Adakveo FDA approval : Swiss drugmaker Novartis has bagged approval for Adakveo (crizanlizumab-tmca) from the US Food and Drug Administration (FDA) for its use in sickle cell disease.
Formerly known as SEG101, Adakveo has been indicated to be used for bringing down the frequency of vaso-occlusive crises (VOCs), or pain crises, in patients, aged 16 years and older with the genetic blood disorder.
According to the FDA, vaso-occlusive crisis is a usual and painful complication of sickle cell disease caused by blocking of blood circulation by sickled red blood cells. Sickle cell disease is a genetic blood condition in which the red blood cells are shaped abnormally like a sickle. As a result, the sickle-shaped blood cells curb the flow in blood vessels and limit oxygen delivery to the body’s tissues, resulting in severe pain and organ damage.
Adakveo is now the first FDA-approved sickle cell disease drug that binds to P-selectin, a cell adhesion protein that is considered to have a key role in the multicellular interactions that can result in vaso-occlusion.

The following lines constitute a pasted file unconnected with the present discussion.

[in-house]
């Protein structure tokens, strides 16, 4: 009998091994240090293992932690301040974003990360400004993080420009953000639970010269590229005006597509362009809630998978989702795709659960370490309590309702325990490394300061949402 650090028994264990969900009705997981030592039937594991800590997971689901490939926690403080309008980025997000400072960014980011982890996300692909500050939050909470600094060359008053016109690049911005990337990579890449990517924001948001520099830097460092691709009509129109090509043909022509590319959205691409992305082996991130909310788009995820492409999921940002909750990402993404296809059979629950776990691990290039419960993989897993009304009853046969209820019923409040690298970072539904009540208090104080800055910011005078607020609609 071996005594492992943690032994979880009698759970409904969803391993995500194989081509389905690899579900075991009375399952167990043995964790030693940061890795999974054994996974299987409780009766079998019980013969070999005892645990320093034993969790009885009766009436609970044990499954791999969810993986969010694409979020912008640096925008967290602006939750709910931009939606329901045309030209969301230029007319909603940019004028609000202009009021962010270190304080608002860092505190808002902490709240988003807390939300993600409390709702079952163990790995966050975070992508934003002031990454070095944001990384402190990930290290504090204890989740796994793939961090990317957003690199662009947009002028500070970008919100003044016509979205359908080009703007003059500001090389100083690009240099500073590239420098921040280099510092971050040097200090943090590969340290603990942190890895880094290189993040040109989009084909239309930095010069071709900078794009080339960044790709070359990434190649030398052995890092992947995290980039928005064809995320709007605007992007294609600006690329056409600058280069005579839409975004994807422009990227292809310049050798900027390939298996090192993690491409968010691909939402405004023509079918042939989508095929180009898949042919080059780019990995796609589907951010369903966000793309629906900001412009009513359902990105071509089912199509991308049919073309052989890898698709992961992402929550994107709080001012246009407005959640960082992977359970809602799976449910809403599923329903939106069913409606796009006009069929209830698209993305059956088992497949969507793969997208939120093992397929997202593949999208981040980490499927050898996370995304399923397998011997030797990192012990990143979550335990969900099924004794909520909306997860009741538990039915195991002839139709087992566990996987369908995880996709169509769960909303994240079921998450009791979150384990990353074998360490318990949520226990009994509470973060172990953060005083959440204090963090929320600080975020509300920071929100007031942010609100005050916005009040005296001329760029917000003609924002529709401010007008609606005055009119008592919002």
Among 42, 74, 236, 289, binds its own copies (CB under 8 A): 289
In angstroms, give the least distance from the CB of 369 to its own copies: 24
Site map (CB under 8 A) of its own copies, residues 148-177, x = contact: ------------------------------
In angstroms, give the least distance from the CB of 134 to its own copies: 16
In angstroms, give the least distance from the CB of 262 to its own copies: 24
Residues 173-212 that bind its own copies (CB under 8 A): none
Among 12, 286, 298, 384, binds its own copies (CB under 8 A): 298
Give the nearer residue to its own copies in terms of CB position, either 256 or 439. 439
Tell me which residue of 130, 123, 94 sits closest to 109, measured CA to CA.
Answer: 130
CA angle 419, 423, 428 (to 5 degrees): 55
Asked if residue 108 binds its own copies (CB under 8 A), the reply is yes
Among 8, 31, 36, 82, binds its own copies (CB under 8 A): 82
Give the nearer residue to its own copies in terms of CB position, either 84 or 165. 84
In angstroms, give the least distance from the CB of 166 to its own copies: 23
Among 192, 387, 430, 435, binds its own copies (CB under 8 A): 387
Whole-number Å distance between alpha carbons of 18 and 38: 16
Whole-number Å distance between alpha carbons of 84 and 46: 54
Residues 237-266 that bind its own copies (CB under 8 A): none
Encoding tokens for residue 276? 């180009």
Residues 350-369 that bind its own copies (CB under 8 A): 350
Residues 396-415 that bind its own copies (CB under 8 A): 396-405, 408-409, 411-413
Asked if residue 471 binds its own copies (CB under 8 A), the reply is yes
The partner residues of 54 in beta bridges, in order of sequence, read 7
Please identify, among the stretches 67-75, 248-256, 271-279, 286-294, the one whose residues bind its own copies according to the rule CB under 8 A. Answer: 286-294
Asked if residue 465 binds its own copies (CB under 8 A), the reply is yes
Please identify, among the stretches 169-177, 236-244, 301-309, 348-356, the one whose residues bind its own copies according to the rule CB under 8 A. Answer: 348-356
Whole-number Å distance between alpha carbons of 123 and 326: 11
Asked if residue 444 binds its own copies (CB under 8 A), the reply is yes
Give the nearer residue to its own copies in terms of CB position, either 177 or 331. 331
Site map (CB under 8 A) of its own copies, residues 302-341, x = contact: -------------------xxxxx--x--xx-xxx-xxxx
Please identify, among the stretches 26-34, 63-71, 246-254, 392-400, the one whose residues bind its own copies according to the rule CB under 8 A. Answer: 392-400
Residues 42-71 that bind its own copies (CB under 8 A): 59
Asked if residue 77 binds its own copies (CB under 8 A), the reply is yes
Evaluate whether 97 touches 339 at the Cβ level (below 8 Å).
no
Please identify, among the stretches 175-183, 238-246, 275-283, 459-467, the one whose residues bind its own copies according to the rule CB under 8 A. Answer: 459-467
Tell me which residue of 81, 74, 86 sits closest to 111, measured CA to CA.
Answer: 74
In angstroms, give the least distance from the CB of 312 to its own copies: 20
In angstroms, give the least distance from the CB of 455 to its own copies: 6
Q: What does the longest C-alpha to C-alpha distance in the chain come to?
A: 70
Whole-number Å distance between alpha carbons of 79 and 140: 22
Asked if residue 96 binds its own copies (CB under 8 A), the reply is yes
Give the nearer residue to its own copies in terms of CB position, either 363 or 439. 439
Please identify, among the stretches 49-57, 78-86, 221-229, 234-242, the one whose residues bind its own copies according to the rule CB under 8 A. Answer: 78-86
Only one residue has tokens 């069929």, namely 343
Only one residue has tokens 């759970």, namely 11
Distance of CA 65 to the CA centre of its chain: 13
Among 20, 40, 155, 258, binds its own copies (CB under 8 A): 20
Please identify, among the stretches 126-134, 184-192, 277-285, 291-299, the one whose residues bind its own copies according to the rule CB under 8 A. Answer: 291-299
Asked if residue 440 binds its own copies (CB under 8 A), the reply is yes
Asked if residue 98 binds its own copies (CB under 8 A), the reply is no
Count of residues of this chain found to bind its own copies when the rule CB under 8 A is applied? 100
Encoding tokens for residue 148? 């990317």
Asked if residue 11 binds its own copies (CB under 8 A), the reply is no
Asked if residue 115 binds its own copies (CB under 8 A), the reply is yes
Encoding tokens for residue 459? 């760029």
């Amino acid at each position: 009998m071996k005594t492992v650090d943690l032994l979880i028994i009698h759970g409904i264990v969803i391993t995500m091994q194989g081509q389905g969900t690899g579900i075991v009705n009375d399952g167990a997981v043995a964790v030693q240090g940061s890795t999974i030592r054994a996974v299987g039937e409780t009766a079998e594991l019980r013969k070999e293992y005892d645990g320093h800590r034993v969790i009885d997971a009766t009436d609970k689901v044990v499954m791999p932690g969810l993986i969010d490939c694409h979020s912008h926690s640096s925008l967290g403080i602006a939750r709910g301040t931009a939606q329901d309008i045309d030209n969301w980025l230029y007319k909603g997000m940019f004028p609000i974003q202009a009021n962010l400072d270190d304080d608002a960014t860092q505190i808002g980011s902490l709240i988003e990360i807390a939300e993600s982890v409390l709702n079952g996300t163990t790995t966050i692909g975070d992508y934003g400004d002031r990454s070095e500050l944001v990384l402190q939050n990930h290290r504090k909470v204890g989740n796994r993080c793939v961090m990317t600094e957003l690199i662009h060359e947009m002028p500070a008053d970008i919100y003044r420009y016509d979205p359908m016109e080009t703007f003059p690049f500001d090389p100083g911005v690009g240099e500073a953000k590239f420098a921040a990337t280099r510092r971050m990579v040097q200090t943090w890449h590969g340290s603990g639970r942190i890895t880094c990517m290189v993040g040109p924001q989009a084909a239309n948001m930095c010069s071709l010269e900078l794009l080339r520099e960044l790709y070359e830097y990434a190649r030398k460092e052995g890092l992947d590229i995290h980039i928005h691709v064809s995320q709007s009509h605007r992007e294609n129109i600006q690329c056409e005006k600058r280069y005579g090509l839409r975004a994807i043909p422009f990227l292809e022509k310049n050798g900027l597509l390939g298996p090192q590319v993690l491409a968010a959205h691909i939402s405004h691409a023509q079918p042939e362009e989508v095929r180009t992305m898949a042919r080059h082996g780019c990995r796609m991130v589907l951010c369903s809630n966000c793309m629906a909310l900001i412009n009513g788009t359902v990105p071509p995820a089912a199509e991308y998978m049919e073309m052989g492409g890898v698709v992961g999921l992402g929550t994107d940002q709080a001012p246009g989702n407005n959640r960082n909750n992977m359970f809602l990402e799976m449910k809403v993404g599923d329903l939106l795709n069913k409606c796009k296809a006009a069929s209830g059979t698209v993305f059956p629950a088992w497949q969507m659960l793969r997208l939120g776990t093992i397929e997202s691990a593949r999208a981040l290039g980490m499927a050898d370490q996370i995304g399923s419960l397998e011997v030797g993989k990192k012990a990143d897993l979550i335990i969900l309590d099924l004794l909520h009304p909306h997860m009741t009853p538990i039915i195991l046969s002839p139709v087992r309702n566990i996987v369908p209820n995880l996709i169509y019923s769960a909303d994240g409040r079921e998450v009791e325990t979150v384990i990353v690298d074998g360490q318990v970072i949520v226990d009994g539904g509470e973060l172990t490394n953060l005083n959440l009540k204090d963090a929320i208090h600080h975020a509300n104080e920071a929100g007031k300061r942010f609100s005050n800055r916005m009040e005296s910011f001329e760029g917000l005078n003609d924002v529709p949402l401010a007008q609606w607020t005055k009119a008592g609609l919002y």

Brett P. Giroir – Acting FDA Commissioner, commenting on Adakveo FDA approval, said: “Hope has never been higher for people living with sickle cell disease and their families and supporters, with a pipeline of new treatments on the horizon, like the one being approved today, and several initiatives underway to better utilize current tools in the battle against the painful and deadly blood disorder.
“The opportunity before us in the coming months and years is profound and historic.”
Adakveo FDA approval was driven based on the findings of the SUSTAIN clinical trial featuring 198 sickle cell disease patients with a history of vaso-occlusive crisis. The randomized, placebo-controlled trial showed that the Novartis drug delivered a significant reduction in the median annual rate of VOCs to 1.63 vs 2.98 compared to placebo, which represents a reduction in frequency by 45%.
Novartis said that the reductions in the frequency of VOCs were noted among patients irrespective of sickle cell disease genotype and/or hydroxyurea use.
Commenting on Adakveo FDA approval, Susanne Schaffert – Novartis Oncology President, said: “The approval of Adakveo marks a new era in the treatment of sickle cell disease, a genetic condition that places an extraordinary burden of unpredictable pain crises on patients and their families.
“The stories we have heard from patients about their sickle cell pain crises are devastating. We are pleased to help reimagine medicine together with the sickle cell community and offer new hope for fewer VOCs.”
Recently, Novartis’ generic drug business Sandoz signed a deal to acquire the Japanese business of Aspen Global Incorporated (AGI) in a deal valued up to €400 million.
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